Simulation and Monte Carlo: With applications in finance and MCMC / Edition 1by J. S. Dagpunar
Simulation and Monte Carlo is aimed at students studying for degrees in Mathematics, Statistics, Financial Mathematics, Operational Research, Computer Science, and allied subjects, who wish an up-to-date account of the theory and practice of Simulation. Its distinguishing features are in-depth accounts of the theory of Simulation, including the important topic of… See more details below
Simulation and Monte Carlo is aimed at students studying for degrees in Mathematics, Statistics, Financial Mathematics, Operational Research, Computer Science, and allied subjects, who wish an up-to-date account of the theory and practice of Simulation. Its distinguishing features are in-depth accounts of the theory of Simulation, including the important topic of variance reduction techniques, together with illustrative applications in Financial Mathematics, Markov chain Monte Carlo, and Discrete Event Simulation.
Each chapter contains a good selection of exercises and solutions with an accompanying appendix comprising a Maple worksheet containing simulation procedures. The worksheets can also be downloaded from the web site supporting the book. This encourages readers to adopt a hands-on approach in the effective design of simulation experiments.
Arising from a course taught at Edinburgh University over several years, the book will also appeal to practitioners working in the finance industry, statistics and operations research.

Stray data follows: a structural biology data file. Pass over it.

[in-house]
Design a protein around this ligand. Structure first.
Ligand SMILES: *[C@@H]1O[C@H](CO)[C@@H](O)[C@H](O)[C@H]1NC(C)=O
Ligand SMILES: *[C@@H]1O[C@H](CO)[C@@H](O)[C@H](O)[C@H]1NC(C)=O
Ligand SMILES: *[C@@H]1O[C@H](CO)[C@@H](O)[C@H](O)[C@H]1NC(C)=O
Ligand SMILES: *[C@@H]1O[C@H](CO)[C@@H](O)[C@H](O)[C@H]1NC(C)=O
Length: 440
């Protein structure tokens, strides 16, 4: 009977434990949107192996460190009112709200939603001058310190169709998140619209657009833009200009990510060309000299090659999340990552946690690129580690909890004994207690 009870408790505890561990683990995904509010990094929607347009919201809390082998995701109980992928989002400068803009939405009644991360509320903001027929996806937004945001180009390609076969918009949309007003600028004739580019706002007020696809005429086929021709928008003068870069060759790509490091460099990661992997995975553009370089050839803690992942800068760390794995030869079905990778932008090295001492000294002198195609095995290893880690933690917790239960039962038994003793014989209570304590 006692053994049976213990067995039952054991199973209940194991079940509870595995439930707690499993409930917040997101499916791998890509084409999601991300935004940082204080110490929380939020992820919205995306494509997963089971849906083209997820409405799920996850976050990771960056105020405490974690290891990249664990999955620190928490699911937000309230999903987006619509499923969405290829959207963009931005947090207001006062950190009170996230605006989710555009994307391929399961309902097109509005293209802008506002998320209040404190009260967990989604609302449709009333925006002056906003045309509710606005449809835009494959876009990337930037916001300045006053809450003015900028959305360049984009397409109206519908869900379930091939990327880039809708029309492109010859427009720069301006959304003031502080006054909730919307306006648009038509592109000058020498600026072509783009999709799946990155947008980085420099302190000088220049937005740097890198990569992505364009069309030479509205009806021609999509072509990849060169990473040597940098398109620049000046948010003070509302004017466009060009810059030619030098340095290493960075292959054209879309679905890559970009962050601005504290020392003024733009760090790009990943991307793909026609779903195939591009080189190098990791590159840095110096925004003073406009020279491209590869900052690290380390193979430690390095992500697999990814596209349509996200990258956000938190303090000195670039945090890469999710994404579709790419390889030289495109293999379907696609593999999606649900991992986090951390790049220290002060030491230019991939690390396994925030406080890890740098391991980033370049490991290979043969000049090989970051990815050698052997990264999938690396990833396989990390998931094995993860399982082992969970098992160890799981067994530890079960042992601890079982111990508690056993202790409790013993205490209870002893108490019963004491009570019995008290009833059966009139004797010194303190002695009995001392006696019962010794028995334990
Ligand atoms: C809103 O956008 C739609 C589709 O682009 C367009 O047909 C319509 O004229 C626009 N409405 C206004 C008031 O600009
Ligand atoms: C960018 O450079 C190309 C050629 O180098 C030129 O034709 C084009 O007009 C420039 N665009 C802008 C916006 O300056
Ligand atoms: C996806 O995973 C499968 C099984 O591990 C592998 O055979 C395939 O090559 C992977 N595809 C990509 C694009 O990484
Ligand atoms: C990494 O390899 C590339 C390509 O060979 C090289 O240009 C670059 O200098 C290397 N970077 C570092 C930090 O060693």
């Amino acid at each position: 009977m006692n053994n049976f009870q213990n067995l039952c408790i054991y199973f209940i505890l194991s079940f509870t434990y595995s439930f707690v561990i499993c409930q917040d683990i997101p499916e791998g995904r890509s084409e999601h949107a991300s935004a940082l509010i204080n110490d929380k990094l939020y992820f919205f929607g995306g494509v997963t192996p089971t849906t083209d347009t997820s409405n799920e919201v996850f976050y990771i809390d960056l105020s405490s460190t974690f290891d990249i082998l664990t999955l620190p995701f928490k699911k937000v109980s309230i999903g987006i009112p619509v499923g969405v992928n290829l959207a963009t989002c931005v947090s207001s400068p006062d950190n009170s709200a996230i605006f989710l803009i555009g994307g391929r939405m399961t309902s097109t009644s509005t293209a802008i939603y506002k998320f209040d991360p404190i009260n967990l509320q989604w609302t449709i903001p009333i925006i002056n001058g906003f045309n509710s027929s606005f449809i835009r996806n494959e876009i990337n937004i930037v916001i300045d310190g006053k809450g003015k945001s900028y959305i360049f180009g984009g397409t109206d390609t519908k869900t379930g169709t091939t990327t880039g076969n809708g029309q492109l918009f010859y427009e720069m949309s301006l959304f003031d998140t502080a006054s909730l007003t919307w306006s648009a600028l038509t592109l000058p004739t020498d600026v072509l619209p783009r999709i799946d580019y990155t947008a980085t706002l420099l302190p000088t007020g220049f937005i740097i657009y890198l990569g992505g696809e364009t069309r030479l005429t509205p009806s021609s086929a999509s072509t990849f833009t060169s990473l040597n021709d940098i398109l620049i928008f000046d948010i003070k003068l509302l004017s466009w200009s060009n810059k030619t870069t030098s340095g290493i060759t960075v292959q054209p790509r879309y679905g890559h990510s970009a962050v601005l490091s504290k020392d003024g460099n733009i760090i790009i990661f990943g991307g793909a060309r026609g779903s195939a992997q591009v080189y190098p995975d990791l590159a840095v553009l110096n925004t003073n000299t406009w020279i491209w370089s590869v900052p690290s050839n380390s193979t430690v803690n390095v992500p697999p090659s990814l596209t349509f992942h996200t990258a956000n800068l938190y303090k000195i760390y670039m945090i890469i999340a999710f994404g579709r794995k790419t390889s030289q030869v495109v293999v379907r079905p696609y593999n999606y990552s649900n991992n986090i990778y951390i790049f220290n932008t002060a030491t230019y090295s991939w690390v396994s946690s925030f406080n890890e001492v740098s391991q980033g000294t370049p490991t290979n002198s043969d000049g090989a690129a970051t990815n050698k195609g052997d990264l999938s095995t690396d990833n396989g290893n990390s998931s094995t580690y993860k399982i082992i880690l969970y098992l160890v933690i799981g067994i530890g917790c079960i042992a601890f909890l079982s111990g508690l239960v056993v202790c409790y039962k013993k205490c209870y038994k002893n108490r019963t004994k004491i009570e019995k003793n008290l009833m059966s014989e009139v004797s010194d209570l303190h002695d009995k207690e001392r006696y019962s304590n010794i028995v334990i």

Table of ContentsPreface.
1 Introduction to simulation and Monte Carlo.
1.1 Evaluating a definite integral.
1.2 Monte Carlo is integral estimation.
1.3 An example.
1.4 A simulation using Maple.
2 Uniform random numbers.
2.1 Linear congruential generators.
2.2 Theoretical tests for random numbers.
2.3 Shuffled generator.
2.4 Empirical tests.
2.5 Combinations of generators.
2.6 The seed(s) in a random number generator.
3 General methods for generating random variates.
3.1 Inversion of the cumulative distribution function.
3.2 Envelope rejection.
3.3 Ratio of uniforms method.
3.4 Adaptive rejection sampling.
4 Generation of variates from standard distributions.
4.1 Standard normal distribution.
4.2 Lognormal distribution.
4.3 Bivariate normal density.
4.4 Gamma distribution.
4.5 Beta distribution.
4.6 Chi-squared distribution.
4.7 Student’s t distribution.
4.8 Generalized inverse Gaussian distribution.
4.9 Poisson distribution.
4.10 Binomial distribution.
4.11 Negative binomial distribution.
5 Variance reduction.
5.1 Antithetic variates.
5.2 Importance sampling.
5.3 Stratified sampling.
5.4 Control variates.
5.5 Conditional Monte Carlo.
6 Simulation and finance.
6.1 Brownian motion.
6.2 Asset price movements.
6.3 Pricing simple derivatives and options.
6.4 Asian options.
6.5 Basket options.
6.6 Stochastic volatility.
7 Discrete event simulation.
7.1 Poisson process.
7.2 Time-dependent Poisson process.
7.3 Poisson processes in the plane.
7.4 Markov chains.
7.5 Regenerative analysis.
7.6 Simulating a G/G/1 queueing system using the three-phase method.
7.7 Simulating a hospital ward.
8 Markov chain Monte Carlo.
8.1 Bayesian statistics.
8.2 Markov chains and the Metropolis–Hastings (MH) algorithm.
8.3 Reliability inference using an independence sampler.
8.4 Single component Metropolis–Hastings and Gibbs sampling.
8.5 Other aspects of Gibbs sampling.
9.1 Solutions 1.
9.2 Solutions 2.
9.3 Solutions 3.
9.4 Solutions 4.
9.5 Solutions 5.
9.6 Solutions 6.
9.7 Solutions 7.
9.8 Solutions 8.
Appendix 1: Solutions to problems in Chapter 1.
Appendix 2: Random Number Generators.
Appendix 3: Computations of acceptance probabilities.
Appendix 4: Random variate generators (standard distributions).
Appendix 5: Variance Reduction.
Appendix 6: Simulation and Finance.
Appendix 7: Discrete event simulation.
Appendix 8: Markov chain Monte Carlo.
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